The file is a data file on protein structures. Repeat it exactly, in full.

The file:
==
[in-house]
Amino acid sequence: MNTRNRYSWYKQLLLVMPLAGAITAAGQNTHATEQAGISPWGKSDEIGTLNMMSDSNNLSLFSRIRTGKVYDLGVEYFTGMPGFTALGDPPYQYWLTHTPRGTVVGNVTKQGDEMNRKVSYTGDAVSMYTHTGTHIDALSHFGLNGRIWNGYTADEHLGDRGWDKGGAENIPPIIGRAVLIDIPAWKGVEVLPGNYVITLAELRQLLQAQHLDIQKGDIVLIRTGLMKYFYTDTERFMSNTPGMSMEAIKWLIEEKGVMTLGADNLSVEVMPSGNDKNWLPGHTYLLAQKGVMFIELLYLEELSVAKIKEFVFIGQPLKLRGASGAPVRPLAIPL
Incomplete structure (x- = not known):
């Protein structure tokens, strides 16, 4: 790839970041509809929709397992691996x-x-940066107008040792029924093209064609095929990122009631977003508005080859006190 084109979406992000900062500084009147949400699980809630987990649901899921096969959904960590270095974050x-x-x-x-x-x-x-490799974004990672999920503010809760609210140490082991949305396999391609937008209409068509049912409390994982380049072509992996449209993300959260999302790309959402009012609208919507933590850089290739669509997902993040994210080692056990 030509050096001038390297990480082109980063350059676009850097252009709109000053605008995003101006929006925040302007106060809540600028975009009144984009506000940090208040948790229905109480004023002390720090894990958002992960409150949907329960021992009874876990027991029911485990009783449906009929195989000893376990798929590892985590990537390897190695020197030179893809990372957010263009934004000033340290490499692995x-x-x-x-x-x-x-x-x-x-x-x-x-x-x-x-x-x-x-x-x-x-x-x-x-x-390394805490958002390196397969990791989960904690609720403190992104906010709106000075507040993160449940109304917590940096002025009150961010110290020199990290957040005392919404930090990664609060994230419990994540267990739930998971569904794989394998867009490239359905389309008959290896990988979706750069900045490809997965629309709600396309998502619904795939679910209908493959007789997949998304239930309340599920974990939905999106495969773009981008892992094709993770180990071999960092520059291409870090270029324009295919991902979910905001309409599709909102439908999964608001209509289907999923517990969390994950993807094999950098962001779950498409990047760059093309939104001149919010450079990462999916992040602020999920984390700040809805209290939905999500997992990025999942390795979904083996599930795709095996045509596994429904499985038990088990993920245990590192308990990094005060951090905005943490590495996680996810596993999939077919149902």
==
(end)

[in-house]
Amino acid sequence: MNTRNRYSWYKQLLLVMPLAGAITAAGQNTHATEQAGISPWGKSDEIGTLNMMSDSNNLSLFSRIRTGKVYDLGVEYFTGMPGFTALGDPPYQYWLTHTPRGTVVGNVTKQGDEMNRKVSYTGDAVSMYTHTGTHIDALSHFGLNGRIWNGYTADEHLGDRGWDKGGAENIPPIIGRAVLIDIPAWKGVEVLPGNYVITLAELRQLLQAQHLDIQKGDIVLIRTGLMKYFYTDTERFMSNTPGMSMEAIKWLIEEKGVMTLGADNLSVEVMPSGNDKNWLPGHTYLLAQKGVMFIELLYLEELSVAKIKEFVFIGQPLKLRGASGAPVRPLAIPL
Incomplete structure (x- = not known):
């Protein structure tokens, strides 16, 4: 790839970041509809929709397992691996x-x-940066107008040792029924093209064609095929990122009631977003508005080859006190 084109979406992000900062500084009147949400699980809630987990649901899921096969959904960590270095974050x-x-x-x-x-x-x-490799974004990672999920503010809760609210140490082991949305396999391609937008209409068509049912409390994982380049072509992996449209993300959260999302790309959402009012609208919507933590850089290739669509997902993040994210080692056990 030509050096001038390297990480082109980063350059676009850097252009709109000053605008995003101006929006925040302007106060809540600028975009009144984009506000940090208040948790229905109480004023002390720090894990958002992960409150949907329960021992009874876990027991029911485990009783449906009929195989000893376990798929590892985590990537390897190695020197030179893809990372957010263009934004000033340290490499692995x-x-x-x-x-x-x-x-x-x-x-x-x-x-x-x-x-x-x-x-x-x-x-x-x-x-390394805490958002390196397969990791989960904690609720403190992104906010709106000075507040993160449940109304917590940096002025009150961010110290020199990290957040005392919404930090990664609060994230419990994540267990739930998971569904794989394998867009490239359905389309008959290896990988979706750069900045490809997965629309709600396309998502619904795939679910209908493959007789997949998304239930309340599920974990939905999106495969773009981008892992094709993770180990071999960092520059291409870090270029324009295919991902979910905001309409599709909102439908999964608001209509289907999923517990969390994950993807094999950098962001779950498409990047760059093309939104001149919010450079990462999916992040602020999920984390700040809805209290939905999500997992990025999942390795979904083996599930795709095996045509596994429904499985038990088990993920245990590192308990990094005060951090905005943490590495996680996810596993999939077919149902």